Construction of the $4bn Grand Ethiopian Renaissance Dam (GERD) began in 2011 and Ethiopia sees the project as crucial to powering its economic development.
Egypt and Sudan, however, consider the project a serious threat to their vital water supplies.
"Congratulations to all on the fourth filling of the Grand Ethiopian Renaissance Dam. Our national perseverance against all odds has delivered," Prime Minister Abiy Ahmed's office wrote on the social media platform X on Sunday.
የሕዳሴው ግድብን አራተኛና የመጨረሻ ሙሌት በተሳካ ሁኔታ መጠናቀቁን ሳበሥር በታላቅ ደስታ ነው። ኢትዮጵያውያን ተባብረን በመሥራታችን ፈጣሪ ረድቶናል። በገንዘባቸው፣ በዕውቀታቸው፣ በጉልበታቸውና በጸሎታቸው በሥራው ውስጥ የተሳተፋችሁ ሁሉ… pic.twitter.com/Z6MISpmFIQ
— Abiy Ahmed Ali ���� (@AbiyAhmedAli) September 10, 2023
With a projected capacity of more than 6GW, Ethiopia sees GERD as the centrepiece of its bid to become Africa's biggest power exporter.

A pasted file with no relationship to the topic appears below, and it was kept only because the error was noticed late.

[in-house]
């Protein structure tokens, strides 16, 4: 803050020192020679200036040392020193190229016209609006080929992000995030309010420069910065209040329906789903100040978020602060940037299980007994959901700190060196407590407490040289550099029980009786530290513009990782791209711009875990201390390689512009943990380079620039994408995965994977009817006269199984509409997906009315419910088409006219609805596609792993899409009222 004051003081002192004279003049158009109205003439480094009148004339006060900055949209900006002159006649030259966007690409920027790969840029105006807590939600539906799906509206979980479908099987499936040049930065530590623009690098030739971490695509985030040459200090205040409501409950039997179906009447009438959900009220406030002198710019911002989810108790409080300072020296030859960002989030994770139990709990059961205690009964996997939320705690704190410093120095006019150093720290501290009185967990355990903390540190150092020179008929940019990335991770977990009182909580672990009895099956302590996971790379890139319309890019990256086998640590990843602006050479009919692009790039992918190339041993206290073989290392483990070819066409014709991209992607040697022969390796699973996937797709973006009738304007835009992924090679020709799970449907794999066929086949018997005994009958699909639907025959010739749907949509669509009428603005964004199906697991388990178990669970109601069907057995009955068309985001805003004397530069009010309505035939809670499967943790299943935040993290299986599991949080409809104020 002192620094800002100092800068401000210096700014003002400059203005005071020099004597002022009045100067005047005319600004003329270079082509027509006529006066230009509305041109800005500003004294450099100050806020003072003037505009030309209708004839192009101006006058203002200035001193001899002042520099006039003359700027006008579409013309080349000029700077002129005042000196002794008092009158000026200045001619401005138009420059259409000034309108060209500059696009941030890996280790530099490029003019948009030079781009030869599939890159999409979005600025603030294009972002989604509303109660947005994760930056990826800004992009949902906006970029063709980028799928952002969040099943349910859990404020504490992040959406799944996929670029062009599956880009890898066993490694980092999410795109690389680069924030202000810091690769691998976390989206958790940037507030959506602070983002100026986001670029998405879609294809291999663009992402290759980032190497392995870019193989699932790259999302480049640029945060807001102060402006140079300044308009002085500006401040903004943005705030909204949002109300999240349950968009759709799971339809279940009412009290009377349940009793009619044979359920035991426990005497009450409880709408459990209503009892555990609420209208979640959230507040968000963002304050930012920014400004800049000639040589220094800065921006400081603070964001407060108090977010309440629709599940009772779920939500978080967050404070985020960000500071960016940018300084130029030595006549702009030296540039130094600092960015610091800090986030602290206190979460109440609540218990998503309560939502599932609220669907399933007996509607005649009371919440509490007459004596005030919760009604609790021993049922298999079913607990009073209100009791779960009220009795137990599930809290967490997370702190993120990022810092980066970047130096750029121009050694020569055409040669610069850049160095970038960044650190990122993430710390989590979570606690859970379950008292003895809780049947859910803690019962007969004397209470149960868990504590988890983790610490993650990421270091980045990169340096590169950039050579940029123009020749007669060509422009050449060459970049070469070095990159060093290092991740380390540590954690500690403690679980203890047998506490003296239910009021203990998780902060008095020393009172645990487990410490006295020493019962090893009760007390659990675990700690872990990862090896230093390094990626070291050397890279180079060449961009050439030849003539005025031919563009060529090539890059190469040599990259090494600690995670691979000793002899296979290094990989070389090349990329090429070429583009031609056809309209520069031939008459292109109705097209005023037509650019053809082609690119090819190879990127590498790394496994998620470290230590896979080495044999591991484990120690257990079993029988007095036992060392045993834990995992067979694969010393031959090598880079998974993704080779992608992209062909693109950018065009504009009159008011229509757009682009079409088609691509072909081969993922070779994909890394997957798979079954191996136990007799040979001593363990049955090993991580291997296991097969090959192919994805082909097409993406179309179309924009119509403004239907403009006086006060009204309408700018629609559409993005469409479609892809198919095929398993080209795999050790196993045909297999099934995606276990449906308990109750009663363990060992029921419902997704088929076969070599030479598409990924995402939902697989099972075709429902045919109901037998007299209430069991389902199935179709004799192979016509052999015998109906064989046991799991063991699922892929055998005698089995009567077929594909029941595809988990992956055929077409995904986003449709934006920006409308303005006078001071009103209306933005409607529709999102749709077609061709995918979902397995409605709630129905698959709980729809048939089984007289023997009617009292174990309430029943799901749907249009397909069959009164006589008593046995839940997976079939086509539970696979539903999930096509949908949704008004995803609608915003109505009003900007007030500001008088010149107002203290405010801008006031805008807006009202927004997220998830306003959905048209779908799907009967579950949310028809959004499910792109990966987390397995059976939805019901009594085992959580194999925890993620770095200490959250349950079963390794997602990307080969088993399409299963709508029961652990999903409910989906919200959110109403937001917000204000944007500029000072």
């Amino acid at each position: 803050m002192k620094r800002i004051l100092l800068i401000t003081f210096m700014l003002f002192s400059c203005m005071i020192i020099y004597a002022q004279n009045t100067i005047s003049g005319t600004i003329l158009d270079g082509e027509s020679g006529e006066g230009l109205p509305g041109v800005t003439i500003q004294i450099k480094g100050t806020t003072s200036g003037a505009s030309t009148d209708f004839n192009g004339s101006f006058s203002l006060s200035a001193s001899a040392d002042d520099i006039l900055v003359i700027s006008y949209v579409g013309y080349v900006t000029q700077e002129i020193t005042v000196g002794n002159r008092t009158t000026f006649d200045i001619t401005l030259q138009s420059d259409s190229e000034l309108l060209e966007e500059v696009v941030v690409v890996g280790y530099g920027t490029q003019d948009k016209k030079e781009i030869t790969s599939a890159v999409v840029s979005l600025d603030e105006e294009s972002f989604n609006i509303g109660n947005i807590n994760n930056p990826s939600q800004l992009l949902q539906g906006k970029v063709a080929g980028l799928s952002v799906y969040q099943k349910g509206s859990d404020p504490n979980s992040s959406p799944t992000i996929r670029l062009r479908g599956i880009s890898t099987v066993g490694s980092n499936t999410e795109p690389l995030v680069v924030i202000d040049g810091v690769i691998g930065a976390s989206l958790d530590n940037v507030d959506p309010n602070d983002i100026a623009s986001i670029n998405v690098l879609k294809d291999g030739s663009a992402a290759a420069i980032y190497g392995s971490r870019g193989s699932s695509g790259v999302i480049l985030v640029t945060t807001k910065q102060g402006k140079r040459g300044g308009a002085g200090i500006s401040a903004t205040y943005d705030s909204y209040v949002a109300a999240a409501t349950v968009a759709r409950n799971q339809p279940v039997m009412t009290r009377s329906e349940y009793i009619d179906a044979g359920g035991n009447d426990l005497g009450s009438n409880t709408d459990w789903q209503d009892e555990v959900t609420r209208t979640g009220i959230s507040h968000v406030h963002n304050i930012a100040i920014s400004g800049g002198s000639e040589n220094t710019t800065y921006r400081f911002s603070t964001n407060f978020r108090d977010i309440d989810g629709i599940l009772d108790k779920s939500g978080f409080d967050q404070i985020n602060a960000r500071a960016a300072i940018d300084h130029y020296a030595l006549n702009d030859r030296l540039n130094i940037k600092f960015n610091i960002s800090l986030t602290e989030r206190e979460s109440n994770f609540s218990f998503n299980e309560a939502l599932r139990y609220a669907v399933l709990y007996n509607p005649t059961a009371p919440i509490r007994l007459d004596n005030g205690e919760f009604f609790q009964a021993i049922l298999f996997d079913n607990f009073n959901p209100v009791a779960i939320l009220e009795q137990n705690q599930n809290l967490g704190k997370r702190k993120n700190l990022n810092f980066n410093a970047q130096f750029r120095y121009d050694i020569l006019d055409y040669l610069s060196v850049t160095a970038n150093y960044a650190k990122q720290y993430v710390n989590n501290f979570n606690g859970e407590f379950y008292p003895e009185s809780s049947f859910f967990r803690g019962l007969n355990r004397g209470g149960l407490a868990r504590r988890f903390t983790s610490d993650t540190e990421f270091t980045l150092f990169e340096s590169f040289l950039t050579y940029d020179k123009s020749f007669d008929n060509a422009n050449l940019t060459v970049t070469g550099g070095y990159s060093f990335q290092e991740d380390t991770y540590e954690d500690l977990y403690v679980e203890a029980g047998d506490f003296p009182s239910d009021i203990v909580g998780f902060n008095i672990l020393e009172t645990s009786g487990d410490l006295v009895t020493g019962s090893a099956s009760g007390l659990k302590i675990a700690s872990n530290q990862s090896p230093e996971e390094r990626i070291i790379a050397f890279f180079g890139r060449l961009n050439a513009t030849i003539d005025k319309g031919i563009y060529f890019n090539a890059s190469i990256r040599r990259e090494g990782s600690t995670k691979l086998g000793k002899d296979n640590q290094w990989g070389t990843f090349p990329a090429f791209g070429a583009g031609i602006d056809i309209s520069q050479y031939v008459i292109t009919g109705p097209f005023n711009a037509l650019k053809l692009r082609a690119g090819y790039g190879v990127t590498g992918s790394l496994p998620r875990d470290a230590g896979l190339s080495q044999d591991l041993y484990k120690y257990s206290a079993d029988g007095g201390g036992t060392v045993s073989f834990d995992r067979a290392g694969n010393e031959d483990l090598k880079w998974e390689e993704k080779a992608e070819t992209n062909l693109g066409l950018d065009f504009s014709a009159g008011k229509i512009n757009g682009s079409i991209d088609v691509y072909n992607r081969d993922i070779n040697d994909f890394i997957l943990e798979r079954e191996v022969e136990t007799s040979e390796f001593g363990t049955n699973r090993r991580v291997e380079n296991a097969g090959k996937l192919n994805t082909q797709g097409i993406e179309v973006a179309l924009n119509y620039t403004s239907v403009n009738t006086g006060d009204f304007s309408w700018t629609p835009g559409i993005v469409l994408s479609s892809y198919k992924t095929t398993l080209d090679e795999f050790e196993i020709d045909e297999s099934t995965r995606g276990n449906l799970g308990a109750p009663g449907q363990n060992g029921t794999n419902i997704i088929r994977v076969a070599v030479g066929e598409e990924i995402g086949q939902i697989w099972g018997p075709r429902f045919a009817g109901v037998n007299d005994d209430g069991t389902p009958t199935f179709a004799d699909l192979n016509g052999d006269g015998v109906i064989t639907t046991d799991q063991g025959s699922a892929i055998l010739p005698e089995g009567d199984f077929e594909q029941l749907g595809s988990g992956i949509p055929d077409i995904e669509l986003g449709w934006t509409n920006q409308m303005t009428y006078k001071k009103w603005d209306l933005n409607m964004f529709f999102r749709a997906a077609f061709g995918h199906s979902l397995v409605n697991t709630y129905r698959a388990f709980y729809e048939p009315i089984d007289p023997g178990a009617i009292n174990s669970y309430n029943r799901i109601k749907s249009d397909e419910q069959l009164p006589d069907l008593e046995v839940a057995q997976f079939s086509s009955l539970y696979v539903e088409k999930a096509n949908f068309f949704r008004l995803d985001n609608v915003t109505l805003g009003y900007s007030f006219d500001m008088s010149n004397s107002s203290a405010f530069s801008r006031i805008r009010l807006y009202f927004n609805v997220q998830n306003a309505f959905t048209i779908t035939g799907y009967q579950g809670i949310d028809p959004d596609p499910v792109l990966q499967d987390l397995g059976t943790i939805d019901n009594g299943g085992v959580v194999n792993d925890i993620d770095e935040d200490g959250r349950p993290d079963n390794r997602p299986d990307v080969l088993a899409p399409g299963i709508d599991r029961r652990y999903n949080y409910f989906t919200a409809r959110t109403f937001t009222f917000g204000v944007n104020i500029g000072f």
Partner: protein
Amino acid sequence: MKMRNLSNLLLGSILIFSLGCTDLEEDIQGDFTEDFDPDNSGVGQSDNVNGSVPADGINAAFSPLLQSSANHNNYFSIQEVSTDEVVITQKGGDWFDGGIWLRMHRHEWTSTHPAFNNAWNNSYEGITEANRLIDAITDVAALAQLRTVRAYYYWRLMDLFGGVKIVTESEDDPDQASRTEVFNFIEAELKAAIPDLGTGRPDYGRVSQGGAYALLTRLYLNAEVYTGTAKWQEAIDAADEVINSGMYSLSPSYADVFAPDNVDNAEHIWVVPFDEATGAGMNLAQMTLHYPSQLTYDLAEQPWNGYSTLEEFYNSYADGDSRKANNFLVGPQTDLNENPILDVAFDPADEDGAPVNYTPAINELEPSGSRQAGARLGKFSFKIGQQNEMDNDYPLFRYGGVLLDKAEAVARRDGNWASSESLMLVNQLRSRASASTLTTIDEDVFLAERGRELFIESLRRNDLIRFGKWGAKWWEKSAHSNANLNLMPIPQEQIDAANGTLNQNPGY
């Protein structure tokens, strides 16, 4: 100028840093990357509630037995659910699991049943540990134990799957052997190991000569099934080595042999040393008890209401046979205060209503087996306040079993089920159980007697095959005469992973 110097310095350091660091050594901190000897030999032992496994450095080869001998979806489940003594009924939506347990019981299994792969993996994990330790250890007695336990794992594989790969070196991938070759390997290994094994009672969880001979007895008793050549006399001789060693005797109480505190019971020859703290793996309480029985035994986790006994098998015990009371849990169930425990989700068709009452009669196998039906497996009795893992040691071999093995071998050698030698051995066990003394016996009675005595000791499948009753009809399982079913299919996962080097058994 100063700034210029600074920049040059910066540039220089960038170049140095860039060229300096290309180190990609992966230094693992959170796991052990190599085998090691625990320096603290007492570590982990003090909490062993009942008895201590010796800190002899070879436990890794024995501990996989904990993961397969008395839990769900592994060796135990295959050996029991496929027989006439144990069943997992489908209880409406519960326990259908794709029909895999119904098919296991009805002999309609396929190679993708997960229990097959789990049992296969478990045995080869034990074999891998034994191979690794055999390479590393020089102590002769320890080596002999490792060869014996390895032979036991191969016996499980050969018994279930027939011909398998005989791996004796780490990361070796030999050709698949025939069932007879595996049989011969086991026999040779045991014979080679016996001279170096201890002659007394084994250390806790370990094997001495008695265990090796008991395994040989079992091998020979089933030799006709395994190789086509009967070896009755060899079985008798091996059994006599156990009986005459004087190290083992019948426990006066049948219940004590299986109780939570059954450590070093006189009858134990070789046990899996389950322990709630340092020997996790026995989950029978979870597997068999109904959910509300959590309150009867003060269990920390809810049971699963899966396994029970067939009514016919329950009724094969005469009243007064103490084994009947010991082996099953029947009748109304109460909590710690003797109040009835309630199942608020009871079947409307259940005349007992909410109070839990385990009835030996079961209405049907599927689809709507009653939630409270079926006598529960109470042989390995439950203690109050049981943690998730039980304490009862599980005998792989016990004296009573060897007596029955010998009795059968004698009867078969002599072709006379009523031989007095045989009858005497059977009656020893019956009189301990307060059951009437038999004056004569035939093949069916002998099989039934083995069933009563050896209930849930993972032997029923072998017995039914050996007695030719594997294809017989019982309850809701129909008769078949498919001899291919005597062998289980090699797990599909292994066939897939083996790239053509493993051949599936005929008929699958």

The three countries have been in protracted negotiations over the project.In a sign of a potential breakthrough in July, Egyptian President Abdel Fattah al-Sisi and Abiy agreed on plans to finalise an agreement between the three countries on the filling of the dam and the rules for its operation.
But on Sunday Egypt's foreign ministry said Ethiopia's step "places a burden on the course of the resumed negotiations, the next round of which ... is hoped will witness a tangible and real breakthrough."
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